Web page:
MoMA joins arguments over saving Picasso murals in Oslo

Museum of Modern Art (MoMA) in New York recently jointed the debate concerning the controversial demolition of Picasso murals in Oslo, the capital of Norway.

Back in 1969, Picasso designed five murals for a pair of buildings, H-Block and Y-Block, together with Norwegian artist Carl Nesjar. However, a car bomb in 2011 damaged the two structures and killed eight people. Since then, both buildings have remained empty.

Controversy started in 2014 when the Norwegian government decided to demolish Y-Block, citing security concerns. They intended to remove and relocate two murals in the Y-Block: The Fishermen, on its exterior, and The Seagull, in the building's lobby.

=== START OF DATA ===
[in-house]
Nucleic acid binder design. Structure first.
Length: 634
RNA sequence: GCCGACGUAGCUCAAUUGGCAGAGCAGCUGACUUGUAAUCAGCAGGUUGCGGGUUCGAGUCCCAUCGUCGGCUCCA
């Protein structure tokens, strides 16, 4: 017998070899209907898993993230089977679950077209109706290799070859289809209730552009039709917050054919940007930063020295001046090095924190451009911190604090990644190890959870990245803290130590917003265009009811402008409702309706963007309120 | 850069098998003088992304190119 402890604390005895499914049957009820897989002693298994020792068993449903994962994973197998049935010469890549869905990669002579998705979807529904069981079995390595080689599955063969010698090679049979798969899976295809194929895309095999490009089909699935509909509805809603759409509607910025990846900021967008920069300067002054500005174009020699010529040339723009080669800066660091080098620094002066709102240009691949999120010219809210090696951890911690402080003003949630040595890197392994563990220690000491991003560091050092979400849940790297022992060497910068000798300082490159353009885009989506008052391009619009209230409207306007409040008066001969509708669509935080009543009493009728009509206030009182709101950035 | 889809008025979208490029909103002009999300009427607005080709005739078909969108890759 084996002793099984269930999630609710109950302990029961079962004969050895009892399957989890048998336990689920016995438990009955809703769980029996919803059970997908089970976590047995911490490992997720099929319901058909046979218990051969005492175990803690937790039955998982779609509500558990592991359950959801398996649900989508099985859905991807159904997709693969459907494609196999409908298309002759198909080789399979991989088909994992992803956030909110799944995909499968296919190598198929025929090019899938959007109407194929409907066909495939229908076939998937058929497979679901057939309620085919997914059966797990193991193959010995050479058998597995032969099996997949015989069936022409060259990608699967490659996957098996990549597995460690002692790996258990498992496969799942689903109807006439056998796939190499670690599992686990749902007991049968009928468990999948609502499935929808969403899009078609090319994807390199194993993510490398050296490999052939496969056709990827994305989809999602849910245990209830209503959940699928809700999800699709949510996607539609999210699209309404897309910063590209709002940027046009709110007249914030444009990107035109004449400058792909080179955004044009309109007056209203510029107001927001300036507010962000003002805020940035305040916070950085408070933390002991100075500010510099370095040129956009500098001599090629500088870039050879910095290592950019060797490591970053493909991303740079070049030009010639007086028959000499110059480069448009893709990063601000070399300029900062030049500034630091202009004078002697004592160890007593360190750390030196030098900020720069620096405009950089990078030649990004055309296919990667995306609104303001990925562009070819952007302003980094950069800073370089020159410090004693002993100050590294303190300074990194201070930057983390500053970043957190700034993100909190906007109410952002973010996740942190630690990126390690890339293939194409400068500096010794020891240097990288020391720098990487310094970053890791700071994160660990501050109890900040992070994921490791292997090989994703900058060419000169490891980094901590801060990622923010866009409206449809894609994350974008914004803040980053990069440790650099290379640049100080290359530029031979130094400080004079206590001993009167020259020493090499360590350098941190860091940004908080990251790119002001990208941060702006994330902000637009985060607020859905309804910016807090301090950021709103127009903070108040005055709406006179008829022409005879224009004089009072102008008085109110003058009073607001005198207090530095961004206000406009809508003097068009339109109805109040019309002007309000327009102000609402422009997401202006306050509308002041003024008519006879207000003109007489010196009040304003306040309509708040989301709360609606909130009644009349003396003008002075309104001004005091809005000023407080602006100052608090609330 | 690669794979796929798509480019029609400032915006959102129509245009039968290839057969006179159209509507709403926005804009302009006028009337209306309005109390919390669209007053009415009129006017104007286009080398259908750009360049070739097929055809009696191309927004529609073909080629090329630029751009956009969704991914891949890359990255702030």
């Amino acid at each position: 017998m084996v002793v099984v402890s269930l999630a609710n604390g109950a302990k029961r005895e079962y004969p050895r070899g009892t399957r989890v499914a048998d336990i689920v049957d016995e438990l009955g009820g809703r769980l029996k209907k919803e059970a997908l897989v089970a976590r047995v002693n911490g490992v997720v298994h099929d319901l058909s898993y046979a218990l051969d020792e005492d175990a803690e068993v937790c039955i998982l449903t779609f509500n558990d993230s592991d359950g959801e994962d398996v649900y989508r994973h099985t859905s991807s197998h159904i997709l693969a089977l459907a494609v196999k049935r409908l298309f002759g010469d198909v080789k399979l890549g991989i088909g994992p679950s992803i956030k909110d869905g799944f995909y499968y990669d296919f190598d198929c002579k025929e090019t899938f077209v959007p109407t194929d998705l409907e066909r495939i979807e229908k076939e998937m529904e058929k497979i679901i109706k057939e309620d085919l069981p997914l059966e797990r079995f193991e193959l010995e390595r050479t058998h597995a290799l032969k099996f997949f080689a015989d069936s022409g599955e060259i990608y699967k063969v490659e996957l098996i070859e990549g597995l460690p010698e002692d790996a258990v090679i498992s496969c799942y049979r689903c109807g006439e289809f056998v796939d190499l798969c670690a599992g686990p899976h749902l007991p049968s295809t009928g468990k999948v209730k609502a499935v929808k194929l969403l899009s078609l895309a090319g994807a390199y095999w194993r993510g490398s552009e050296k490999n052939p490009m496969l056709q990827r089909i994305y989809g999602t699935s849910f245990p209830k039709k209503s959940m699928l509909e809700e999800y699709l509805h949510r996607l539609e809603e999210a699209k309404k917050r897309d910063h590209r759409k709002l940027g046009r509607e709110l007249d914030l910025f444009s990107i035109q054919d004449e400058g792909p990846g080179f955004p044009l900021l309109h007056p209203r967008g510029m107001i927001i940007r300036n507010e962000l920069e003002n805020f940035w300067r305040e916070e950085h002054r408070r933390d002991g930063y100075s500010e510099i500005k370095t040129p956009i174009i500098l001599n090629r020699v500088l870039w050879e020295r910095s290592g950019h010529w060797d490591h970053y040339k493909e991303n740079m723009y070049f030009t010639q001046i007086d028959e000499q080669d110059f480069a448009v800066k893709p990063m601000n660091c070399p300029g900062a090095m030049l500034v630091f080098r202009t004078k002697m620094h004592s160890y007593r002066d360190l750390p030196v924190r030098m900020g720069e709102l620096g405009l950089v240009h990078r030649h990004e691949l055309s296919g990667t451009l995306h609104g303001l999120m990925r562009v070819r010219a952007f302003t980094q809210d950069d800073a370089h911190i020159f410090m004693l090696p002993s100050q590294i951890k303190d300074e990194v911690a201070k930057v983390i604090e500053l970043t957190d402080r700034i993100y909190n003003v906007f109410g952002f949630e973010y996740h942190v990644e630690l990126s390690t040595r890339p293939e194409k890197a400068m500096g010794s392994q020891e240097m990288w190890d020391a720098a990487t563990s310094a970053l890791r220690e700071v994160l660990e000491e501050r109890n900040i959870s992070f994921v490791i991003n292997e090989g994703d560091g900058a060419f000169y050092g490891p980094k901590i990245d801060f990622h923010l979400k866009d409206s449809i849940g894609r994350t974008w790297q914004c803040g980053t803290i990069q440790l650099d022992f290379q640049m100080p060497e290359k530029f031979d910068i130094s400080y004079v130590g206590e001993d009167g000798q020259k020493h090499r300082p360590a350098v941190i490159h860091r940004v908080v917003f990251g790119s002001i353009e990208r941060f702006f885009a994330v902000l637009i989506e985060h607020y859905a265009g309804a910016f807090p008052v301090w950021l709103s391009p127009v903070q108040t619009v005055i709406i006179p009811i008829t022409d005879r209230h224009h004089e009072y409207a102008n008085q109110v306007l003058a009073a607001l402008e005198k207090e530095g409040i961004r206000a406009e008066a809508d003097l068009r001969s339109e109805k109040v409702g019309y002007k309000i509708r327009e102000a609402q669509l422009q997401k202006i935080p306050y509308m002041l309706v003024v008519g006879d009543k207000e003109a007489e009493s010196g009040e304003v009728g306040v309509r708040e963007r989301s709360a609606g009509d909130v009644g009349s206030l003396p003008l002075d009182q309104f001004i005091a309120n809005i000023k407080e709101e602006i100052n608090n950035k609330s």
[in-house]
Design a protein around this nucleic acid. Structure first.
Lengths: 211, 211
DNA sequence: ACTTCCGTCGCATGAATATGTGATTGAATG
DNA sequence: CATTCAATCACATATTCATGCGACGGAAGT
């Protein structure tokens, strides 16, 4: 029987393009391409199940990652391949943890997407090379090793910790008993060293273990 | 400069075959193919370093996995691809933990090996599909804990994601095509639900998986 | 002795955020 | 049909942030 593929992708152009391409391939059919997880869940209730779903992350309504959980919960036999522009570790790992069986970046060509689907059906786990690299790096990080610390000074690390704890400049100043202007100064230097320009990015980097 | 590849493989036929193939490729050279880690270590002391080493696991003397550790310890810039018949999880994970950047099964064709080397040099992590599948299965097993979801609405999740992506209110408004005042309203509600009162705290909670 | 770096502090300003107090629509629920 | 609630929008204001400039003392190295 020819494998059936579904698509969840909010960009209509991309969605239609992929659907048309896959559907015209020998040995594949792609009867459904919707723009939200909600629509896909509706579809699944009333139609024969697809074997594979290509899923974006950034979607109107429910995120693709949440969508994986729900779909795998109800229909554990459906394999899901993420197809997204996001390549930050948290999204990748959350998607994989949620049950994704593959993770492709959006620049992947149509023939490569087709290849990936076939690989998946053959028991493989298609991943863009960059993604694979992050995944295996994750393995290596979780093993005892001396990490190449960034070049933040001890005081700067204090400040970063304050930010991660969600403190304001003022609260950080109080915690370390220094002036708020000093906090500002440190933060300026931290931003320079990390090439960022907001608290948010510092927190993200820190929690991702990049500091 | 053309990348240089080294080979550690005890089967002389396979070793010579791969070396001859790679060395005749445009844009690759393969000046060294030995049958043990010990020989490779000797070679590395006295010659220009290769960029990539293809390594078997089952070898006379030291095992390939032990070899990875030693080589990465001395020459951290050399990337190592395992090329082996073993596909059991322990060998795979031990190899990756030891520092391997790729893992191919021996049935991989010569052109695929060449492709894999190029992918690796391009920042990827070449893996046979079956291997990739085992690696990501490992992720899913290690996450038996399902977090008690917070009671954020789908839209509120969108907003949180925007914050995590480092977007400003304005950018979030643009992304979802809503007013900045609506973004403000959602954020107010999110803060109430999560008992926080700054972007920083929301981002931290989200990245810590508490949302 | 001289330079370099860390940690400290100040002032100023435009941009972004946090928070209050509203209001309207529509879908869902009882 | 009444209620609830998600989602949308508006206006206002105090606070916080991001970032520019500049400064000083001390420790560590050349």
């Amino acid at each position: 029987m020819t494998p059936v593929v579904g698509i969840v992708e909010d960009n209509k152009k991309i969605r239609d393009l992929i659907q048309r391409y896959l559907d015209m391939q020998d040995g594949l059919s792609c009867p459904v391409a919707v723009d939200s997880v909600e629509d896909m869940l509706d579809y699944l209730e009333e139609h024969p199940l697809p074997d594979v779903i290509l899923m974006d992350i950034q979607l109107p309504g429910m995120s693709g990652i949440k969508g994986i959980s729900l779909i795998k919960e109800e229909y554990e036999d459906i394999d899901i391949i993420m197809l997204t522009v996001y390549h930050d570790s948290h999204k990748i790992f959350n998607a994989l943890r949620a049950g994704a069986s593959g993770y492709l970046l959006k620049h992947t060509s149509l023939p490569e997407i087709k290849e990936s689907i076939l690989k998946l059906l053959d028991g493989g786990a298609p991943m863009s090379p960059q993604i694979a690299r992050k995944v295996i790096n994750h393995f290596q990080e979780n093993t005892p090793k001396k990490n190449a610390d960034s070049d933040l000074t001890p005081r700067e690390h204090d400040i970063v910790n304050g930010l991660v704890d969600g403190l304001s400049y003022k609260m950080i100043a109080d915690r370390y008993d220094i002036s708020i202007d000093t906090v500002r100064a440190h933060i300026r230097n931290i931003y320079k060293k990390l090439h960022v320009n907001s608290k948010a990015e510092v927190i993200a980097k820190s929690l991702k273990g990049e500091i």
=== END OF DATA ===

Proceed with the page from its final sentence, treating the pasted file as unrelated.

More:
However, the plan was opposed by preservationists and architects, and since abandoned. But, a report from the Art Newspaper recently said that the Norwegian government had started enacting the initial stages of the demolition this week.

MoMA, according to Norwegian newspaper VG, wrote a letter to Norwegian Prime Minister Erna Solberg and other top officials. "Demolition of the building complex would not only constitute a significant loss of Norwegian architectural heritage, but it would also render any attempt to salvage or reposition Picasso's site-specific murals elsewhere unfortunate," read an an excerpt published by VG and translated by the Art Newspaper.

(Cover image: Y-Block with Picasso's The Fishermen mural in the Norwegian capital Oslo. /ThePaper